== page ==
Ferrari First and Second
Imola, April 25th
The Grand Prix of San Marino, held on the undulating Imola circuit, was a straightforward affair. It was a battle between Ferrari and Renault, with two cars apiece, when the circuit opened for official testing on Friday morning at the scheduled time of 10 a.m. From the time the first lap was turned until late Sunday afternoon there were no problems as far as the spectators were concerned, you were either a Ferrari fan or a Renault fan, and each side made it clear which side was theirs. There were some Alfa Romeo fans, but they were eclipsed from the word go, an if you were not wearing red and waving a Ferrari flag you were wearing yellow and black and waving a Renault flag. By Saturday afternoon there were more than 40,000 protagonists around the circuit, and on Sunday for the race the organisers said there were 100,000 around the circuit. This was a bit of an exaggeration, but for sure there were 75,000 and there might have been 80,000, and by the end of the day most of them went home well contented.
At the beginning of the week before the race the FIA Tribunal had sat in Paris and decreed that running cars under the 580 kilogrammes limit was not acceptable, no matter how anyone interpreted the wording of the rules. In consequence Frank Williams withdrew his cars, as did Bernard Ecclestone and Colin Chapman, while the McLaren team was withdrawn amid a certain amount of dissension in the management. Others among the Cosworth-powered “special builders” who have to toe the line in the Ecclestone-Mosley FOCA group also withdrew, as did the Talbot team under the direction of Guy Ligier, though his reasons were obscure. Among the FOCA “hard-liners” Ken Tyrrell broke ranks and appeared in the paddock with his two cars, replacing Slim Borgudd with Brian Henton for “business” reasons and his cars carried advertising for Candy Appliances and Imola Ceramics in return for money. Among the lesser lights of the FOCA clan Gunther Schmidt ignored the “strike call” by Ecclestone and Mosley, and had his two yellow and white ATS entries in the paddock for Winkelhock and Salazar. Why some of the FOCA teams went on strike was not quite clear, but whatever the reason they certainly Iet-down their drivers and their sponsors.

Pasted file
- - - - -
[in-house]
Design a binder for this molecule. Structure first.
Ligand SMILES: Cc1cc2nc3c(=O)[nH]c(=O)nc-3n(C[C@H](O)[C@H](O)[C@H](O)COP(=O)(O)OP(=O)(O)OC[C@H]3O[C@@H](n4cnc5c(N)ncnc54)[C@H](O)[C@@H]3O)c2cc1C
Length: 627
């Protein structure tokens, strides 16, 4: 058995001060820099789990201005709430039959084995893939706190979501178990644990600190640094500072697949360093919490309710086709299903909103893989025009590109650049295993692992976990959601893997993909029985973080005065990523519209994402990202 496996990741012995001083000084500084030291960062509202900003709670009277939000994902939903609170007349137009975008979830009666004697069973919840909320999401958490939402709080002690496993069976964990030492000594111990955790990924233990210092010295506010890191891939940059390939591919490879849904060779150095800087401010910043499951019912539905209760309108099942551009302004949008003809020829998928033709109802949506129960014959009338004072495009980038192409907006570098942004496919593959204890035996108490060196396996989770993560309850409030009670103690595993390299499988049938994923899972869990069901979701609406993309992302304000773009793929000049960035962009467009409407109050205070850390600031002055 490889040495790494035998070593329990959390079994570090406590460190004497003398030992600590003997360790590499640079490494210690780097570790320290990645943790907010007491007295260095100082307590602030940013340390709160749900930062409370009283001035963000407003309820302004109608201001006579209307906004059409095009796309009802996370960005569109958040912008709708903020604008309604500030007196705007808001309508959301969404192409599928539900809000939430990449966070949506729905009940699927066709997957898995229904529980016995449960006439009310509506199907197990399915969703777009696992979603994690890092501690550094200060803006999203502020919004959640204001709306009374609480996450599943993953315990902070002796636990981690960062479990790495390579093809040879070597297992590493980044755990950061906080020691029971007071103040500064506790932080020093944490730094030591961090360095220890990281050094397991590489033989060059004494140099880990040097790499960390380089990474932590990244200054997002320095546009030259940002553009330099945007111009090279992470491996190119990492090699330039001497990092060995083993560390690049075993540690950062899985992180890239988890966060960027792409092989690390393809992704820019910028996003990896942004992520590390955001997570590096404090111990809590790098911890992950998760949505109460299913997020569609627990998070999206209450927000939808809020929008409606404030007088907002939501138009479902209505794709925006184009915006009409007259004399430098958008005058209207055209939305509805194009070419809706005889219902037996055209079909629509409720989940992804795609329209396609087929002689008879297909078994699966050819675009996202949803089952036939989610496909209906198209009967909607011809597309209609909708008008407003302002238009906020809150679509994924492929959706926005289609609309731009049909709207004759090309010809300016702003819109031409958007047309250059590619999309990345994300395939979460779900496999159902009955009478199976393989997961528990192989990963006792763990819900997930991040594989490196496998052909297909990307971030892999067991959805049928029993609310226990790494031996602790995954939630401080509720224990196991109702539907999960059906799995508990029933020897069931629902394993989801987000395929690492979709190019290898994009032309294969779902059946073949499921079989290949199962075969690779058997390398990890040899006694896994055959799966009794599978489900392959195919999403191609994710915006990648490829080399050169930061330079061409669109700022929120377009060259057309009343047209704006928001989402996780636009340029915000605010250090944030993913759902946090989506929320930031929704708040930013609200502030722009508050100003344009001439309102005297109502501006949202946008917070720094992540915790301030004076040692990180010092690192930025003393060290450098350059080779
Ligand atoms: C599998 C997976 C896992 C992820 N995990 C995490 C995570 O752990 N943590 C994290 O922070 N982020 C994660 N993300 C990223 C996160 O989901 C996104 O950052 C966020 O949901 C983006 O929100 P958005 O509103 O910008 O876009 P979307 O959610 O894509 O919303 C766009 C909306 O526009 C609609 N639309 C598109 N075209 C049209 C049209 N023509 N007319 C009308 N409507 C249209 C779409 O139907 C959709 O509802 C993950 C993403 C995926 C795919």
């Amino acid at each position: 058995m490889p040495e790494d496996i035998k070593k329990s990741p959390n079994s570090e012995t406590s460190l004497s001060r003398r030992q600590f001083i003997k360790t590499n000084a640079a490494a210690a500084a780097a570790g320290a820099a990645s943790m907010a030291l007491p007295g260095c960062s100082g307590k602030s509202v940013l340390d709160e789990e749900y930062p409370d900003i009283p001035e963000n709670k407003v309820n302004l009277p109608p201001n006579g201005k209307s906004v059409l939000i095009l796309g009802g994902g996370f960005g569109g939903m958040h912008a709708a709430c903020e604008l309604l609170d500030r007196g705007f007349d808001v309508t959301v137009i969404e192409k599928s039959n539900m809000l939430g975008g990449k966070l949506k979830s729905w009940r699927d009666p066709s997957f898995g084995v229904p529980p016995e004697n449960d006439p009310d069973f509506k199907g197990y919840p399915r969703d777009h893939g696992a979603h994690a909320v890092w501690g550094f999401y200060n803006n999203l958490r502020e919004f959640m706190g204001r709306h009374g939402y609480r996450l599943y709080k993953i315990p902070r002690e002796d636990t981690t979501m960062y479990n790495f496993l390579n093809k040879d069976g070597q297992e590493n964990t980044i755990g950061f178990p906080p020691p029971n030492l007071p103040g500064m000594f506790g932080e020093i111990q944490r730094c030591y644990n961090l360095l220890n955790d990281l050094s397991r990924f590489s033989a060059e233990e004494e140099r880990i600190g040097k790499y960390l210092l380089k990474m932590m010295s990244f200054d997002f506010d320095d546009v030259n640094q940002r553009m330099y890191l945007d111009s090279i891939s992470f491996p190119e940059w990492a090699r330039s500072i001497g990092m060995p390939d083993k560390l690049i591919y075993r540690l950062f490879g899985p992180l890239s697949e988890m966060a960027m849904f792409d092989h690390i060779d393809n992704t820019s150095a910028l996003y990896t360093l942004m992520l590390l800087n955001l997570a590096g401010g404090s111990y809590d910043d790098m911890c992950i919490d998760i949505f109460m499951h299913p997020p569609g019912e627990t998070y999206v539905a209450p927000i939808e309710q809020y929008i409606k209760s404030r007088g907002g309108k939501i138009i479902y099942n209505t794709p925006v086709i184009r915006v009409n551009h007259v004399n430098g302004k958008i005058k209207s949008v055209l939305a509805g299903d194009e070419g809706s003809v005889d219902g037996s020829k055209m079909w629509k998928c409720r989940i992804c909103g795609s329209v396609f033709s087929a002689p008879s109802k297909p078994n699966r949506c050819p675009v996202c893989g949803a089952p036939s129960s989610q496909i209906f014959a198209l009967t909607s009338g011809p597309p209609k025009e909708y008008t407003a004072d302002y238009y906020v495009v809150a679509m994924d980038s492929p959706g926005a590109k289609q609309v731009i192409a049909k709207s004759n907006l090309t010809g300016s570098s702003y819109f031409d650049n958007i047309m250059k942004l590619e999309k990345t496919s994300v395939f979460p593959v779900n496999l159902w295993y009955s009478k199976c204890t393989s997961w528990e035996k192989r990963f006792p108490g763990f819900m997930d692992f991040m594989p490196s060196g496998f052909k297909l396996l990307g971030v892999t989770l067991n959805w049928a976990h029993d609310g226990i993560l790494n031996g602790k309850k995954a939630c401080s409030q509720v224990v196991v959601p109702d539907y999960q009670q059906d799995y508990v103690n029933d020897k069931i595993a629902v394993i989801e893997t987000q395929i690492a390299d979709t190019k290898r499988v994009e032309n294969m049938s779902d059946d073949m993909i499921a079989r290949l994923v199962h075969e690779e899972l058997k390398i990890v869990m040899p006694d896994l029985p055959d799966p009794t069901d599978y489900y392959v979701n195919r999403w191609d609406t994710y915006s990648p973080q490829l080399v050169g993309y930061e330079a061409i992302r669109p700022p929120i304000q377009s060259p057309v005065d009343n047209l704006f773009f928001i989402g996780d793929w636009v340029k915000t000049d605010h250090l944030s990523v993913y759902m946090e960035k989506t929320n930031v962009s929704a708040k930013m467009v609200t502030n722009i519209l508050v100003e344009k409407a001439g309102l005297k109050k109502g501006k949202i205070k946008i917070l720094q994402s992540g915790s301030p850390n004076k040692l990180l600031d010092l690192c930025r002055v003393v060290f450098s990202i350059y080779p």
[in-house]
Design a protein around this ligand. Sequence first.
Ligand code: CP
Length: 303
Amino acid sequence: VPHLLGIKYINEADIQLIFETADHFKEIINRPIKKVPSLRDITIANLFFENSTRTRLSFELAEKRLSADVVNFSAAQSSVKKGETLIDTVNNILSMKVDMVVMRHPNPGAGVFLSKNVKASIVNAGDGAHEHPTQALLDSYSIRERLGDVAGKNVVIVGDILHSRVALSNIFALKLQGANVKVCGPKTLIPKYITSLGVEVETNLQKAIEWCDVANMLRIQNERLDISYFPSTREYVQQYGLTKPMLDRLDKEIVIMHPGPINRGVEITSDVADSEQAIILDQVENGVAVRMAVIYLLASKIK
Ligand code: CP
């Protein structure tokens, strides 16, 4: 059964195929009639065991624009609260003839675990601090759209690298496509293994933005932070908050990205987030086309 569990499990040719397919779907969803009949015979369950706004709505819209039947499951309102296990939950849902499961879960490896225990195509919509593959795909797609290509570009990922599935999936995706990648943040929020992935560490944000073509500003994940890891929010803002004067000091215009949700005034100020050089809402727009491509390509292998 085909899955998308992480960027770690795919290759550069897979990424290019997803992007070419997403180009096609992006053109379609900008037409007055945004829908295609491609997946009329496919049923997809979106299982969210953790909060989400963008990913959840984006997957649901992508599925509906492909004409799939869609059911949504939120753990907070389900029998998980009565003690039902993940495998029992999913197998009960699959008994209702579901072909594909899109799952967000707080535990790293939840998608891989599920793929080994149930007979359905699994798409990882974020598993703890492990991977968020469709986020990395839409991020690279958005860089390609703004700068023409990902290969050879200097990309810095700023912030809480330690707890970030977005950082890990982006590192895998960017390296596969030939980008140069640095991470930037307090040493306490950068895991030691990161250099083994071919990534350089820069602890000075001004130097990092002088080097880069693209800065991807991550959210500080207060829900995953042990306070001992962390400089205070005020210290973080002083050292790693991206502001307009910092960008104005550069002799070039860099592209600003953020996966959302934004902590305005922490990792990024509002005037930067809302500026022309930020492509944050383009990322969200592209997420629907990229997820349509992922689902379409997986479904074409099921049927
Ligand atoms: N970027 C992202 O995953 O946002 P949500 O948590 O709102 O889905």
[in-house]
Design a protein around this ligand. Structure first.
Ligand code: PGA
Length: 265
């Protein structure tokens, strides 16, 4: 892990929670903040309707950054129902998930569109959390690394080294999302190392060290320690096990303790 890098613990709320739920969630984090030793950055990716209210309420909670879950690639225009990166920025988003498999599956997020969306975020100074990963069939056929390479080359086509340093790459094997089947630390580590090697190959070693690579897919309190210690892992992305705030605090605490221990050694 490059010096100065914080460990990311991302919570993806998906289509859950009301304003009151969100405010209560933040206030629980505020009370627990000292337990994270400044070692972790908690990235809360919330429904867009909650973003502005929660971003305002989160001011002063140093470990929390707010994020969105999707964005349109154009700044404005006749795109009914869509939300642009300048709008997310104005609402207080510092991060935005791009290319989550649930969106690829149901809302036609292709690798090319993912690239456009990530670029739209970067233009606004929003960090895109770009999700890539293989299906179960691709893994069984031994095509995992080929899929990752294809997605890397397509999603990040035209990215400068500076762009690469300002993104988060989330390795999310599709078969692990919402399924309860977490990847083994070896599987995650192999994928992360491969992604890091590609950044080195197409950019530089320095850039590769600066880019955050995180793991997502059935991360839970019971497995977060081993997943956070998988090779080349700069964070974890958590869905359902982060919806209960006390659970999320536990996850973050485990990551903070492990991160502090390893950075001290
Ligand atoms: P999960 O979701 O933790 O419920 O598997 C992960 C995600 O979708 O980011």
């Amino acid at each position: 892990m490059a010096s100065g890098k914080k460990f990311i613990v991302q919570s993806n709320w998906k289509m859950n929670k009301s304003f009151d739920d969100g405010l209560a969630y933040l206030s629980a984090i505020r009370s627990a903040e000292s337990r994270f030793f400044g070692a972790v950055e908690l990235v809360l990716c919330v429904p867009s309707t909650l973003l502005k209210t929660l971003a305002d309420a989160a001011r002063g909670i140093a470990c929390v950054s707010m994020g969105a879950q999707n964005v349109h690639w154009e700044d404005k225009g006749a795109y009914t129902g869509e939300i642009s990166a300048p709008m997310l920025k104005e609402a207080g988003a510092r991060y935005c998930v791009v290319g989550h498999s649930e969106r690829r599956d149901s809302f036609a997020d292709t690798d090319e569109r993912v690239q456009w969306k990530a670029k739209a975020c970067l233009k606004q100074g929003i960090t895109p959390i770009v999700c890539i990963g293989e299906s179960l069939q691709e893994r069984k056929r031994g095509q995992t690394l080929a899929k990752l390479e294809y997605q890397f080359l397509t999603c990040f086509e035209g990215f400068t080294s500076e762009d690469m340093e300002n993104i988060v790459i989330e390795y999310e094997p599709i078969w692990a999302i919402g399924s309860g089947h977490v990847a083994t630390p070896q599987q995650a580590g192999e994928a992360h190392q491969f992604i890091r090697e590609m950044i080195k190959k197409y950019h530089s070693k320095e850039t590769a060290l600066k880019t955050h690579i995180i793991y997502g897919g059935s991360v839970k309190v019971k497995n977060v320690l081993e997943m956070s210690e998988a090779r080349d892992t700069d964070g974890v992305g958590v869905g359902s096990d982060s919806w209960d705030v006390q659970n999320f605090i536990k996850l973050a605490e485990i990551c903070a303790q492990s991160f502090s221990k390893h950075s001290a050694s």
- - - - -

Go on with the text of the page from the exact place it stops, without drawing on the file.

Ferrari had their two “hard-chargers” Villeneuve and Pironi with the 1982 turbocharged 1 1/2-litre V6 cars and Renault had their 1982 turbocharged cars for Frost and Arnoux. The Toleman-Hart team had their turbocharged 4-cylinder cars for Warwick and Fabi, and Alfa Romeo had their V12-powered Tipo 182 cars for Giacomelli and de Cesaris. The Cosworth V8-powered specials were represented by the two Tyrrells, and the two ATS, as already mentioned, and the two Osellas for Jarier and Paletti. Sadly missed from the line-up were Piquet, Patrese, Rosberg and Lauda, but in all honesty the remaining 14 drivers who were forced to miss the event by the strike action of their team owner, were not going to affect the outcome or figure at the front. It was the supporting cast that was a bit thin on the ground. Of all the drivers who were deceived by their team owners only Lauda was seen in the paddock, making it very clear whose fault it was that he was not going to be seen in action and his sponsors Parmalat and Marlboro were not at all happy with the situation.